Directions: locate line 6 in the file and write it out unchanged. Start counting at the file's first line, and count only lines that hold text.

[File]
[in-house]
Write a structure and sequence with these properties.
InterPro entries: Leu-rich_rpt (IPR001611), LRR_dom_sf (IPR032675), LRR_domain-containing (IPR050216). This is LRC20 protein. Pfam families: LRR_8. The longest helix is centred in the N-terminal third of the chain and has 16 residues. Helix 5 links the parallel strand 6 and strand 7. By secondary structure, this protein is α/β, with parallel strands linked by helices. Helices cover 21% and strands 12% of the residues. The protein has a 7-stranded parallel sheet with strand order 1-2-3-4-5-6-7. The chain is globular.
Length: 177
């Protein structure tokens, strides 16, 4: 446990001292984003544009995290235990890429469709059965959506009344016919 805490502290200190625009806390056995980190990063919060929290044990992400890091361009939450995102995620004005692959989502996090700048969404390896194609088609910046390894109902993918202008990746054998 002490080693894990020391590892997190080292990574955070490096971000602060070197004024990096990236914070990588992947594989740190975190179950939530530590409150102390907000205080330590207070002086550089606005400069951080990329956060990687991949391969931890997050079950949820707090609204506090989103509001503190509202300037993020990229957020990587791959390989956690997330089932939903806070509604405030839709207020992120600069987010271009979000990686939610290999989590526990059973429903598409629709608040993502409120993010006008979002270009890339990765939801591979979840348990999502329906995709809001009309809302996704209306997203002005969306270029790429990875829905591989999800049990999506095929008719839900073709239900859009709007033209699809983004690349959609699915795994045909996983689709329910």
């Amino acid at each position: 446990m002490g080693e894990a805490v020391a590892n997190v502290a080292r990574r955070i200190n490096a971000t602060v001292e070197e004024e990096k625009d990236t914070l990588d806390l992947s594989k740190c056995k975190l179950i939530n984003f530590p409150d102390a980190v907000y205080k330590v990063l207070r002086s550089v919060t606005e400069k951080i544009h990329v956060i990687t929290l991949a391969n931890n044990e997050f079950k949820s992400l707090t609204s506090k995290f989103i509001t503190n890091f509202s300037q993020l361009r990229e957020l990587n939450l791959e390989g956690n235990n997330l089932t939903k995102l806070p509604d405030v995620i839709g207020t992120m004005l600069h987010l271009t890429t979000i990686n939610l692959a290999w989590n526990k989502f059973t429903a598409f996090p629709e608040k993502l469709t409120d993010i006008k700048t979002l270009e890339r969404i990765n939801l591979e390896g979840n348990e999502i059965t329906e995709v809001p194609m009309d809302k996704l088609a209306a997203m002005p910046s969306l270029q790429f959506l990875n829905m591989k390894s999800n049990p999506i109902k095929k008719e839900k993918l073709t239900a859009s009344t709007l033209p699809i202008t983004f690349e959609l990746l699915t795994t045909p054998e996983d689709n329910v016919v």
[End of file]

């Amino acid at each position: 446990m002490g080693e894990a805490v020391a590892n997190v502290a080292r990574r955070i200190n490096a971000t602060v001292e070197e004024e990096k625009d990236t914070l990588d806390l992947s594989k740190c056995k975190l179950i939530n984003f530590p409150d102390a980190v907000y205080k330590v990063l207070r002086s550089v919060t606005e400069k951080i544009h990329v956060i990687t929290l991949a391969n931890n044990e997050f079950k949820s992400l707090t609204s506090k995290f989103i509001t503190n890091f509202s300037q993020l361009r990229e957020l990587n939450l791959e390989g956690n235990n997330l089932t939903k995102l806070p509604d405030v995620i839709g207020t992120m004005l600069h987010l271009t890429t979000i990686n939610l692959a290999w989590n526990k989502f059973t429903a598409f996090p629709e608040k993502l469709t409120d993010i006008k700048t979002l270009e890339r969404i990765n939801l591979e390896g979840n348990e999502i059965t329906e995709v809001p194609m009309d809302k996704l088609a209306a997203m002005p910046s969306l270029q790429f959506l990875n829905m591989k390894s999800n049990p999506i109902k095929k008719e839900k993918l073709t239900a859009s009344t709007l033209p699809i202008t983004f690349e959609l990746l699915t795994t045909p054998e996983d689709n329910v016919v």